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Enter stage right.

Happy new year guys n gals.

News updates:


As from early 2017 I’m very proud and pleased to introduce our newest team member, Nathan. Nathan comes from a non shooting background but with a varied career in both retail and customer services. His contact details will be confirmed in due course when he has settled in. He will be handling new projects for 1967spud Reloading (of which there are a few and one major big one) and main day to day operations.

With Nathan coming on board this will free up more time to allow me to continue writing articles for Rifle Shooter magazine and also restart doing more You Tube videos. (suggestions accepted).

The website is now bigger, better, faster and more secure with our very own dedicated servers, hopefully this will make the experience more enjoyable and a lot quicker to surf.

 

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Happy Xmas

Happy Xmas guys and gals from all of us here at 1967spud.com.

A genuine thank you for all your support over the year.

We have new things coming in the 2017 new products and services will unfold as the year goes on.

The website at long last is where I want it, in both terms of range of products and speed to use it. (bit of a learning curve here, but I think we are there now)

I will introduce Nathan in the new year who starts with us in early January as my right hand man.

Here’s to 2017 and as usual onwards and upwards!!!!

Spud

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Autumn ’15 Newsletter.

25/10/15

Hi all.

Another brief newsletter from me.

As you may have noticed we have slightly tweaked the look of the main site, good or bad let us know. If you have any issues with its features or layout please let us know so that we can rectify the problems.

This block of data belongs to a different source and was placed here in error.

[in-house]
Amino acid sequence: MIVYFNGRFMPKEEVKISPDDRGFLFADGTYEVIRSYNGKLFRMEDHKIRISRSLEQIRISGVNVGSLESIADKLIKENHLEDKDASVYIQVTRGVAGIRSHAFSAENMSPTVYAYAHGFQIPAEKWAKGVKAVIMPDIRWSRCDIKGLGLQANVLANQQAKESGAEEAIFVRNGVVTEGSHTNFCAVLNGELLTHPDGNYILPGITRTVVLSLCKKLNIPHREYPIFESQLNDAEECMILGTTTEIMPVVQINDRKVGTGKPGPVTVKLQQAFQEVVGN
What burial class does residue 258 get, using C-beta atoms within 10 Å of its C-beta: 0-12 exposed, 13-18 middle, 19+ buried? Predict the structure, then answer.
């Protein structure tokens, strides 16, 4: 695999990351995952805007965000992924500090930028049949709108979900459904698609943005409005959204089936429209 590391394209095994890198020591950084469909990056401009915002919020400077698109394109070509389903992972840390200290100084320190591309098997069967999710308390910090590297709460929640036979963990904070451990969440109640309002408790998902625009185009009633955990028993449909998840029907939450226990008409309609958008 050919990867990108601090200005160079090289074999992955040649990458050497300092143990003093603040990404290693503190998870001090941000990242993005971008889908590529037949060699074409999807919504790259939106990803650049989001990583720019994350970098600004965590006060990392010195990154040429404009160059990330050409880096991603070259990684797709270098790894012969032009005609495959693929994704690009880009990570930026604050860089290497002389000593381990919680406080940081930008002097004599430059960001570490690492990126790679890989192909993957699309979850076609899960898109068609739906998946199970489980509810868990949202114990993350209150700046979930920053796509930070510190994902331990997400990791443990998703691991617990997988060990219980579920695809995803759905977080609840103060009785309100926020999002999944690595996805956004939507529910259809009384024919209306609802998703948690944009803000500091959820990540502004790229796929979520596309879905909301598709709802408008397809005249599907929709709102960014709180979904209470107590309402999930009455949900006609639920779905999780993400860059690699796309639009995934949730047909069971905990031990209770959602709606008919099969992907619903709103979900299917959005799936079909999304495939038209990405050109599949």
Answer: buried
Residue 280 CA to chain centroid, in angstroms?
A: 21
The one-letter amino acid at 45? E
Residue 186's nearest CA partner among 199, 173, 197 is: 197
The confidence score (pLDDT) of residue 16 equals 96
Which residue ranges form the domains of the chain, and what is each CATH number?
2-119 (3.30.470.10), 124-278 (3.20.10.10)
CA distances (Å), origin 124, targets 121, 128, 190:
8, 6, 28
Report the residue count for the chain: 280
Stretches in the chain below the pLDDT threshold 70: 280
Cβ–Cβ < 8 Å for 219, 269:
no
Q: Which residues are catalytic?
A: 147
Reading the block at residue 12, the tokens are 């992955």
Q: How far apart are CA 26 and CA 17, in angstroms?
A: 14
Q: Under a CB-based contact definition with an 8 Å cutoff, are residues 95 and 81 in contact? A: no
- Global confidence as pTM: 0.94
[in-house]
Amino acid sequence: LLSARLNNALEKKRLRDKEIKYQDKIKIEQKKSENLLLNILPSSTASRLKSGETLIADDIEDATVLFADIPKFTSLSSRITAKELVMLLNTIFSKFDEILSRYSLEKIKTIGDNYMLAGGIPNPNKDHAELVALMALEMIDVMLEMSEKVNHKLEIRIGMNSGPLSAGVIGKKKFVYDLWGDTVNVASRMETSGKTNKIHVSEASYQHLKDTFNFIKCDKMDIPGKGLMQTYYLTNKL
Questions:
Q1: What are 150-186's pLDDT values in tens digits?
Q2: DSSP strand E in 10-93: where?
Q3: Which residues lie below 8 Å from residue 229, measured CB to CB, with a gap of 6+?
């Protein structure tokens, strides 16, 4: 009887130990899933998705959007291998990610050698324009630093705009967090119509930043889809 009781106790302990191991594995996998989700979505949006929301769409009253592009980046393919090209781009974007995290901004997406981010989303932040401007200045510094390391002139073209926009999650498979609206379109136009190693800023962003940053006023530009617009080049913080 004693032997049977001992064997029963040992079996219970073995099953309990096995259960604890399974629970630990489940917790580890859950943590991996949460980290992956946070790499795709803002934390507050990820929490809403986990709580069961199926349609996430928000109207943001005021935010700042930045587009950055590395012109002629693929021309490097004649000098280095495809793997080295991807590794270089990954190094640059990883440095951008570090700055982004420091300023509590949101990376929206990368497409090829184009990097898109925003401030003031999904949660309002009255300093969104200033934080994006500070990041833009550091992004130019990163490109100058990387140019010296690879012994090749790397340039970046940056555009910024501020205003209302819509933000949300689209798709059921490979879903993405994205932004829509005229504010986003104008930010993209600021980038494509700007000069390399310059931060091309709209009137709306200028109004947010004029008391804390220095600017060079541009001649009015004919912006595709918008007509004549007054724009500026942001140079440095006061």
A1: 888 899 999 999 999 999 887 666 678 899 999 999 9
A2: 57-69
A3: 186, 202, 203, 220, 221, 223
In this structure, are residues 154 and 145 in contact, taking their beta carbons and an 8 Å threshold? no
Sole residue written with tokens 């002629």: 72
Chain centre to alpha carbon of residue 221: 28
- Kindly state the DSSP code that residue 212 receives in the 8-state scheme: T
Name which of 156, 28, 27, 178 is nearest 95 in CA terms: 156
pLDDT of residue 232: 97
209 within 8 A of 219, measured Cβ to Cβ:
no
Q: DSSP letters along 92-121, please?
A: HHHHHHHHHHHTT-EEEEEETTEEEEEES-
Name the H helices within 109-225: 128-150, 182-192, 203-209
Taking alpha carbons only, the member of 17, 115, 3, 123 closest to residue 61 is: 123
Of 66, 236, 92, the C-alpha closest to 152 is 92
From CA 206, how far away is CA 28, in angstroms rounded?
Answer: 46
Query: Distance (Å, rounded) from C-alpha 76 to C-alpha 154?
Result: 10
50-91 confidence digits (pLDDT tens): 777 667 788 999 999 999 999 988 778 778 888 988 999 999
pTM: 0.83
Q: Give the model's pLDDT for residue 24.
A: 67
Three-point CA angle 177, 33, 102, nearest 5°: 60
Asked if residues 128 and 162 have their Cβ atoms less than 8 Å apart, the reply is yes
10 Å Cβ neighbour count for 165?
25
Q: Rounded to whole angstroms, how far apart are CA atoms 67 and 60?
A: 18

You may also have noticed that we are now using a Barclays Bank Gateway for all our checkout payment options except the Pay Pal options. Its quite an apt time for me to change the gateway to them at the moment with all the Press regarding Talk Talk and their security issues. This is the main reason why we have gone for the Barclays option as its hosted with in their website and has their complete security back up along side our SSL security side. the PayPal options is done with in their site once again so that all payments via this method is once again is protected. We take your confidentiality and general security when you are on our site very seriously and will continue to do so. The main site (outside the SSL area) is broadly covered for malicious and Malware by Sitelock Security so we think we have all bases covered for a worry free time on the site.

The British shooting season is well under way as I type this, but I’m guessing as most other gamekeepers and shooter’s are experiencing  we need colder weather to help contain birds and help aid feathering up. Foxes seems to be on the increase again this year from reports I am getting whilst talking to shooter’s across the country. Seems like that they are also starting to pair up already – may be another sign of this hard winter we are currently getting told is coming this winter???

On the target shooting side I still haven’t dirtied my barrel this Autumn yet but plan to do so soon down at Bisley. The GB F Class League 2015 season is drawing to a conclusion this next week end with round 8 at Bisley and going by the results so far its still up for grabs in both the F-Open and F-TR disciplines. Good luck all in the running!!!